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Beginners Guide to Soft Coral


by Martin Lister June 21, 2017

Soft Coral are some the easiest species of coral to keep in the aquarium, they grow quickly and often thrive on neglect. That doesn’t mean leave the tank for months on end!  However missing a water change or having less than perfect water parameters won’t be a death sentence either.  Some of the more commonly encountered soft corals include Leather Coral, Mushroom Coral, Zoanthids and Xenia.

Soft Coral can generally tolerate low light (a single white and blue T5 bulb should be enough for most). They also don’t require the same amount of water movement needed in sps tanks, gentle flow is all that is really needed to keep them happy. In fact, high waterflow is often a reason soft corals don’t do very well. Below is a table with the basic water parameters required for soft coral.

Salinity (ppm)

Phosphate (mg/l)

Ammonia (ppm)

Nitrites (ppm)

Nitrates (ppm)

1.024-1.026

0-1

0

0

0-50

 

Mushrooms

You can almost guarantee everyone who keeps coral has owned one of these at some point. There are several species classed under the term “mushrooms”, these include Ricordea, Discosoma and Rhodactis. While several years ago they were considered a boring coral. Some of the more varied morphs have taken the American coral scene by storm and can command prices into the thousands for just a single polyp.

Discosoma Mushrooms and probably one of the most commonly available coral in the hobby, they are also one of the easiest to care for. They come in a multitude of colours, although most commonly encounter colours include, green, blue and red.  Discosoma mushrooms also grow very quickly and can fill a tank if not kept on top of. Higher priced mushrooms seem to have much slower growth rates.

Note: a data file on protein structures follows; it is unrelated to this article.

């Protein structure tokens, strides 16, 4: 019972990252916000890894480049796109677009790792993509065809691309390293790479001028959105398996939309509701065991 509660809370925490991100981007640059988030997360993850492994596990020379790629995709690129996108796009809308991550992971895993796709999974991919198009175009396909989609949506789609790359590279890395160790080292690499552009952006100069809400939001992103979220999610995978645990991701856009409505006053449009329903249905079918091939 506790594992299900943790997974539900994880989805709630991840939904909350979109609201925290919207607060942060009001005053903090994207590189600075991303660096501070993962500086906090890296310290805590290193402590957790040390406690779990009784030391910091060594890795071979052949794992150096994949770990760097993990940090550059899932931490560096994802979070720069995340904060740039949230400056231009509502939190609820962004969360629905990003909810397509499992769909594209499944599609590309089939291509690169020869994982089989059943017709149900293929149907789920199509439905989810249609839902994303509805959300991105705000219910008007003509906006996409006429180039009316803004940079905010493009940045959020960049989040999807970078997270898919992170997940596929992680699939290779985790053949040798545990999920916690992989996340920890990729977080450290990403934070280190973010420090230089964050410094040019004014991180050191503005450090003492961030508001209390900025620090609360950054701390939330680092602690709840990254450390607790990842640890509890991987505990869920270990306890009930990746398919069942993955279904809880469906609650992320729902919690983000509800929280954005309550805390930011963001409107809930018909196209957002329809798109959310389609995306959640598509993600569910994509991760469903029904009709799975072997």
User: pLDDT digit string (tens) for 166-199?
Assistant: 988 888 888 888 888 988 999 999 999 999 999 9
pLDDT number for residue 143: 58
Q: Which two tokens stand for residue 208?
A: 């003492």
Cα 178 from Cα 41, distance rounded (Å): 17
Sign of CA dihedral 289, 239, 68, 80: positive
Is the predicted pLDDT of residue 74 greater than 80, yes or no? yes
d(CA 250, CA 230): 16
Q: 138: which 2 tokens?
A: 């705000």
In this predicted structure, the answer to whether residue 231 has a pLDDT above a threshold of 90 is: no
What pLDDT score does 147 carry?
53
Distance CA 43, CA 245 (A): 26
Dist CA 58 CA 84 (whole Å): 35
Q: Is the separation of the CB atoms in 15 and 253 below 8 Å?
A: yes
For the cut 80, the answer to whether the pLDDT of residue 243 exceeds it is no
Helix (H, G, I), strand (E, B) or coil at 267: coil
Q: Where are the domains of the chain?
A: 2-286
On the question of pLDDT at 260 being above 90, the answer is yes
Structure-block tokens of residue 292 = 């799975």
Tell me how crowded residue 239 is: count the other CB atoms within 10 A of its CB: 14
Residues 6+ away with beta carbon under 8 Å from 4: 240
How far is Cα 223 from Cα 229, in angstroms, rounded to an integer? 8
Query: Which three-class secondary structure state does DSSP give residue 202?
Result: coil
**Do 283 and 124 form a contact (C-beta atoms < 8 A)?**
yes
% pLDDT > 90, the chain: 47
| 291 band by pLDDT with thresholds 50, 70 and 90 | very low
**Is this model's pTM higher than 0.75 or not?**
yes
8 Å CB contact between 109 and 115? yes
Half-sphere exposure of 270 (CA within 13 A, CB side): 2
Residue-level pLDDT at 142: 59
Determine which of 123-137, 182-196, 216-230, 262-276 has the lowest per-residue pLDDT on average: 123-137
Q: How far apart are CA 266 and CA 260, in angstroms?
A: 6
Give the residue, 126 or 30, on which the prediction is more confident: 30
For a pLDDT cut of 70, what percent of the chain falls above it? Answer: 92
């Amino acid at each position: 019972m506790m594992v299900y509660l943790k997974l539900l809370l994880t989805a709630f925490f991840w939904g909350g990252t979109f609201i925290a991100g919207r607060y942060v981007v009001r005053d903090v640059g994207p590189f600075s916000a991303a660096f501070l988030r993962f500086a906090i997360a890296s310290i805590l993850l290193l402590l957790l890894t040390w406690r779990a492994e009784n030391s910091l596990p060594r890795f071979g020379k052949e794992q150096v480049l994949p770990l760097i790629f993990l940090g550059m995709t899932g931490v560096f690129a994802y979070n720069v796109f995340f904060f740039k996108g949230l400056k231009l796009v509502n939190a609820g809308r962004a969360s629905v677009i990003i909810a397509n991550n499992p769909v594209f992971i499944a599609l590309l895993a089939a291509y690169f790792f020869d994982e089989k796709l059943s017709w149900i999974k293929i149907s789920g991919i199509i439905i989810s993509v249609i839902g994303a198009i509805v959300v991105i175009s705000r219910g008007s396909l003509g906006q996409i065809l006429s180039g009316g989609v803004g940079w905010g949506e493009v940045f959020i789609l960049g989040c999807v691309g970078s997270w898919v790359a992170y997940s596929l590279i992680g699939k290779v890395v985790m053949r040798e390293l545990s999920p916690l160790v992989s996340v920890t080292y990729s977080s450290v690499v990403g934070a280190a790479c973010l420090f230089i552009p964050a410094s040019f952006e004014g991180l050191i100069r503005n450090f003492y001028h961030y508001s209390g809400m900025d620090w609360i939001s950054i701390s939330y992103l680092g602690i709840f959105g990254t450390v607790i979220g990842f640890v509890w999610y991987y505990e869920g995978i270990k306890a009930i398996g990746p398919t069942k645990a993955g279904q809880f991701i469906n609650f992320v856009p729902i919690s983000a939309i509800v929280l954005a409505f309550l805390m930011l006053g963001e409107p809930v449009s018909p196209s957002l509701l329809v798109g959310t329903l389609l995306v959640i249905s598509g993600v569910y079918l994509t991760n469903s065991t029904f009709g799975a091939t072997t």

Rhodactis mushrooms appear slightly different from discosoma mushrooms as they flesh is very bumpy when compared to the smooth skin of the discosoma.  They have the same care requirements but often grow slower. They do seem to come in more varied colour patterns but these generally cost more than the standard mushrooms.

Ricordeas can be split into two commonly encounter species the Yuma and Florida both are stunning in their own right, with the Florida being the more popular of the two. Both these species require more stable environments then the ones typically associated with mushrooms. This makes them a trickier species to keep. By no means difficult they can be a good step up if your tank parameters are stable.  Below is a table showing the basic water parameters required for Ricordea success.  Ricordeas benefit from regular feedings but only attempt this if you can keep your water parameters stable with the increased feeding.

Salinity (ppm)

Phosphate (mg/l)

Ammonia (ppm)

Nitrites (ppm)

Nitrates (ppm)

1.024-1.026

0-1

0

0

0-25

 

Ricordea florida require slightly higher light levels than other mushroom coral.

Leather Coral

Leather coral is a name commonly thrown around the hobby. If someone is unaware of the species of the soft coral they own or are selling it usually gets called a leather coral. These require slightly higher lighting that mushrooms usually a combination of a white and blue T5 bulb will be more than enough. Leather corals can also tolerate higher flow than mushrooms.

Leather corals remaining closed for a long period of time once established in the tank is a good indication something is wrong with the tank.